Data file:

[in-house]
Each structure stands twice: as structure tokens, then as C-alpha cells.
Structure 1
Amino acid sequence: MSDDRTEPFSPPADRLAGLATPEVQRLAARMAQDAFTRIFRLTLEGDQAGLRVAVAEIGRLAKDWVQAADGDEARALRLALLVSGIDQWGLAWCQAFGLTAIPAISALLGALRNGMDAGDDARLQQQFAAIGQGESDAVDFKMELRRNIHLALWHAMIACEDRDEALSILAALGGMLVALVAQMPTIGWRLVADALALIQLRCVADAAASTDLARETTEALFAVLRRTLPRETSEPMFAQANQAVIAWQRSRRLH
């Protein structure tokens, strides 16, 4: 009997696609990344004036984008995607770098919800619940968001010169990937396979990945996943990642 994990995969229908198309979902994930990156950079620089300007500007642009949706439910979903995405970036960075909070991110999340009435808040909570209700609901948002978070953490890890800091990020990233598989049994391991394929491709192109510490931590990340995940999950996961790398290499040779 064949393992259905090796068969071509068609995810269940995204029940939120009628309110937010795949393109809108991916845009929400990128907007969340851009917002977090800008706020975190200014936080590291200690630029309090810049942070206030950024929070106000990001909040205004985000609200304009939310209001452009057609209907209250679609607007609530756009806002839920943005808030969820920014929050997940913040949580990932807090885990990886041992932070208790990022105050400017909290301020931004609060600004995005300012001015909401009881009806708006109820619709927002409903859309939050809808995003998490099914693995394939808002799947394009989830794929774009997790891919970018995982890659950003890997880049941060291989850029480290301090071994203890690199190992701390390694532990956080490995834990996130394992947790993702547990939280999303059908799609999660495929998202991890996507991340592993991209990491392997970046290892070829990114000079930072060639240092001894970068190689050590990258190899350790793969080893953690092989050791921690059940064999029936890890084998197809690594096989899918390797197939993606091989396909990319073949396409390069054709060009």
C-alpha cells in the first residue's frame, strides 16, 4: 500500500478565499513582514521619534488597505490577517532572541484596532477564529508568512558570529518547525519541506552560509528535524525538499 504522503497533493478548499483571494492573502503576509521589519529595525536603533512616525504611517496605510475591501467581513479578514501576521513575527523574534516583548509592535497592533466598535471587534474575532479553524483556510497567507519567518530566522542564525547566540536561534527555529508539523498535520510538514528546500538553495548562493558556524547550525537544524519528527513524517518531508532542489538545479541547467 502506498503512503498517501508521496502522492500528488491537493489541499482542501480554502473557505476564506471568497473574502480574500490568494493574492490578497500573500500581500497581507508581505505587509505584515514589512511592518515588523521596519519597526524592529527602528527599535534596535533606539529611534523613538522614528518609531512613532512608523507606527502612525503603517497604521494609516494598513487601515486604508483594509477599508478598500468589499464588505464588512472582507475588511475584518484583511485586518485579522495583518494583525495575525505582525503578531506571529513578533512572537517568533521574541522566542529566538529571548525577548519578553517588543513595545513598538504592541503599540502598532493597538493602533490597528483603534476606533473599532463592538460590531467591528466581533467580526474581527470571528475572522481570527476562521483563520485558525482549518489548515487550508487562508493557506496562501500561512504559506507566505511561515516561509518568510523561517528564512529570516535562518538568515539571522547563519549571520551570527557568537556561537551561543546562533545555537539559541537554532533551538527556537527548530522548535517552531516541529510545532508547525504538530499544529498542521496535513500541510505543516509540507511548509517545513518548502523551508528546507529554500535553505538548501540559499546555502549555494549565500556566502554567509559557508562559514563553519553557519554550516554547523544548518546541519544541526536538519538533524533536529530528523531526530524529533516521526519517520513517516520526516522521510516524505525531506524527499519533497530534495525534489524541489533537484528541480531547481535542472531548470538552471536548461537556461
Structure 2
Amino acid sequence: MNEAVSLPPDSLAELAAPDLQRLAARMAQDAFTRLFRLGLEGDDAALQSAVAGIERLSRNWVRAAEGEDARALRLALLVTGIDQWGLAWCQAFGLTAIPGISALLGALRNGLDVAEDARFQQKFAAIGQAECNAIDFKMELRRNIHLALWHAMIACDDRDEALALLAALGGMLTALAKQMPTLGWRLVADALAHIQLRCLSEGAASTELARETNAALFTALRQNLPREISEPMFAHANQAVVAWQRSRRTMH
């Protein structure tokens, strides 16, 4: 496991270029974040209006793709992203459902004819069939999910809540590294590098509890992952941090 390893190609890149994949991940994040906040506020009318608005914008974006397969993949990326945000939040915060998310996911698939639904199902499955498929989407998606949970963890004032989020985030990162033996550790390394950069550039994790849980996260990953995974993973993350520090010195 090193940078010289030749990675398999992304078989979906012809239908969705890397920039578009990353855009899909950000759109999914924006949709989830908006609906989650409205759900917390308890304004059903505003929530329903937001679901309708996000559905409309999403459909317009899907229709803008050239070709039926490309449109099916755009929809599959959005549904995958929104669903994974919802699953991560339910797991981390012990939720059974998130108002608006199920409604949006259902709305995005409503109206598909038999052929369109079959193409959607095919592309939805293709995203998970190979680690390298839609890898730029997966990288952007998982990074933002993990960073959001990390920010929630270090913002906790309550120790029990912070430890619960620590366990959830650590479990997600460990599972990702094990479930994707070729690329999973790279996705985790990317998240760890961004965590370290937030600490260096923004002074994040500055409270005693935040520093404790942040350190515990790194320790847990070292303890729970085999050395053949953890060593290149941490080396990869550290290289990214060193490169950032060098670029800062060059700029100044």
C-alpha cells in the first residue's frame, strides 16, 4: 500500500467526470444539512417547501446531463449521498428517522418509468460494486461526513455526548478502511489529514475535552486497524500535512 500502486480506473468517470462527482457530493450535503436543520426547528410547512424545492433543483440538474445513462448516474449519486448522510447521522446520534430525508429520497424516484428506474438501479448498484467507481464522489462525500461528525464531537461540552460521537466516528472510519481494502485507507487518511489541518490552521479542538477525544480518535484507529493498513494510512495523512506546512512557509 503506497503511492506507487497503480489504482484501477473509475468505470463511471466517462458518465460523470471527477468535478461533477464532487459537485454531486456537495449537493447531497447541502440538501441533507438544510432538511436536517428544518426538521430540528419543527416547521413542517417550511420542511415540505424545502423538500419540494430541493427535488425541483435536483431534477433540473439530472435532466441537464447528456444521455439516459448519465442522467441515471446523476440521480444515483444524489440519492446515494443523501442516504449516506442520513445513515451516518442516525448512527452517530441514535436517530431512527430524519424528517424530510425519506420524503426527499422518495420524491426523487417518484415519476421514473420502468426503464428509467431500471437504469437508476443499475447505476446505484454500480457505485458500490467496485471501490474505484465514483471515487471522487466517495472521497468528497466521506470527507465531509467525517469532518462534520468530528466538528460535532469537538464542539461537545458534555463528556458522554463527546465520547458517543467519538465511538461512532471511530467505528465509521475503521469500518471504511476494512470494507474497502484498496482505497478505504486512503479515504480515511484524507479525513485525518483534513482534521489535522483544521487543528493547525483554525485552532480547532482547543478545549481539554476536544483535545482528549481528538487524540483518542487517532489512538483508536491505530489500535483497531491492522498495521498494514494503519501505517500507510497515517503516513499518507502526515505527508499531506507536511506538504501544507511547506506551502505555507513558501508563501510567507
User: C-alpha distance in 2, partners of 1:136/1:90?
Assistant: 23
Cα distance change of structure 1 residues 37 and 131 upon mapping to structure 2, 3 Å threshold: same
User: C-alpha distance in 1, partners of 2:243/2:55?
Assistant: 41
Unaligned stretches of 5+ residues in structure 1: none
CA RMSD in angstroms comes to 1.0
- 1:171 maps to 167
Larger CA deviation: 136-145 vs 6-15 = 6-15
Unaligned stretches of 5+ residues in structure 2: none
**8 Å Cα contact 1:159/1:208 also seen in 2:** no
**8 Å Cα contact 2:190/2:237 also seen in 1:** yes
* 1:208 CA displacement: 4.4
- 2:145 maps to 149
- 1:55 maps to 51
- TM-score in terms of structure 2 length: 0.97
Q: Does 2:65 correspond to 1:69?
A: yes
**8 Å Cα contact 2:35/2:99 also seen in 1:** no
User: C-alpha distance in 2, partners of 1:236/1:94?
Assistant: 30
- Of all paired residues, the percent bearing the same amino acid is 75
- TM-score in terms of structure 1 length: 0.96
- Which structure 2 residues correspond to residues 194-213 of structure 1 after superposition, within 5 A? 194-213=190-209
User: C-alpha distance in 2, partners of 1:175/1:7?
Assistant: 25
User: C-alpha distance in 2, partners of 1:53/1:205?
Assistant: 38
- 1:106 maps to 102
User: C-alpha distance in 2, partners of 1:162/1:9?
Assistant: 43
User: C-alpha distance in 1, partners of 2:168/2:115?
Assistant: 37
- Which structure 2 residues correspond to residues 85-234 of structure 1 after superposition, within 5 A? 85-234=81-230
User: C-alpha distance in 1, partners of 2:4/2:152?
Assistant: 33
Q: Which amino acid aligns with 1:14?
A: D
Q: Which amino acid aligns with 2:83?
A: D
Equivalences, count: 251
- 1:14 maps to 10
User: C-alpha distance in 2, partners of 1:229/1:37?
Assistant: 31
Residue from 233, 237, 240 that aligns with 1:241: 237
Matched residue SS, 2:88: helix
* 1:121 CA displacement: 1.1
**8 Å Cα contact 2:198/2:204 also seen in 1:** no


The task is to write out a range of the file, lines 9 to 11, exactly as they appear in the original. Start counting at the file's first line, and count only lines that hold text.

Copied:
């Protein structure tokens, strides 16, 4: 496991270029974040209006793709992203459902004819069939999910809540590294590098509890992952941090 390893190609890149994949991940994040906040506020009318608005914008974006397969993949990326945000939040915060998310996911698939639904199902499955498929989407998606949970963890004032989020985030990162033996550790390394950069550039994790849980996260990953995974993973993350520090010195 090193940078010289030749990675398999992304078989979906012809239908969705890397920039578009990353855009899909950000759109999914924006949709989830908006609906989650409205759900917390308890304004059903505003929530329903937001679901309708996000559905409309999403459909317009899907229709803008050239070709039926490309449109099916755009929809599959959005549904995958929104669903994974919802699953991560339910797991981390012990939720059974998130108002608006199920409604949006259902709305995005409503109206598909038999052929369109079959193409959607095919592309939805293709995203998970190979680690390298839609890898730029997966990288952007998982990074933002993990960073959001990390920010929630270090913002906790309550120790029990912070430890619960620590366990959830650590479990997600460990599972990702094990479930994707070729690329999973790279996705985790990317998240760890961004965590370290937030600490260096923004002074994040500055409270005693935040520093404790942040350190515990790194320790847990070292303890729970085999050395053949953890060593290149941490080396990869550290290289990214060193490169950032060098670029800062060059700029100044």
C-alpha cells in the first residue's frame, strides 16, 4: 500500500467526470444539512417547501446531463449521498428517522418509468460494486461526513455526548478502511489529514475535552486497524500535512 500502486480506473468517470462527482457530493450535503436543520426547528410547512424545492433543483440538474445513462448516474449519486448522510447521522446520534430525508429520497424516484428506474438501479448498484467507481464522489462525500461528525464531537461540552460521537466516528472510519481494502485507507487518511489541518490552521479542538477525544480518535484507529493498513494510512495523512506546512512557509 503506497503511492506507487497503480489504482484501477473509475468505470463511471466517462458518465460523470471527477468535478461533477464532487459537485454531486456537495449537493447531497447541502440538501441533507438544510432538511436536517428544518426538521430540528419543527416547521413542517417550511420542511415540505424545502423538500419540494430541493427535488425541483435536483431534477433540473439530472435532466441537464447528456444521455439516459448519465442522467441515471446523476440521480444515483444524489440519492446515494443523501442516504449516506442520513445513515451516518442516525448512527452517530441514535436517530431512527430524519424528517424530510425519506420524503426527499422518495420524491426523487417518484415519476421514473420502468426503464428509467431500471437504469437508476443499475447505476446505484454500480457505485458500490467496485471501490474505484465514483471515487471522487466517495472521497468528497466521506470527507465531509467525517469532518462534520468530528466538528460535532469537538464542539461537545458534555463528556458522554463527546465520547458517543467519538465511538461512532471511530467505528465509521475503521469500518471504511476494512470494507474497502484498496482505497478505504486512503479515504480515511484524507479525513485525518483534513482534521489535522483544521487543528493547525483554525485552532480547532482547543478545549481539554476536544483535545482528549481528538487524540483518542487517532489512538483508536491505530489500535483497531491492522498495521498494514494503519501505517500507510497515517503516513499518507502526515505527508499531506507536511506538504501544507511547506506551502505555507513558501508563501510567507
User: C-alpha distance in 2, partners of 1:136/1:90?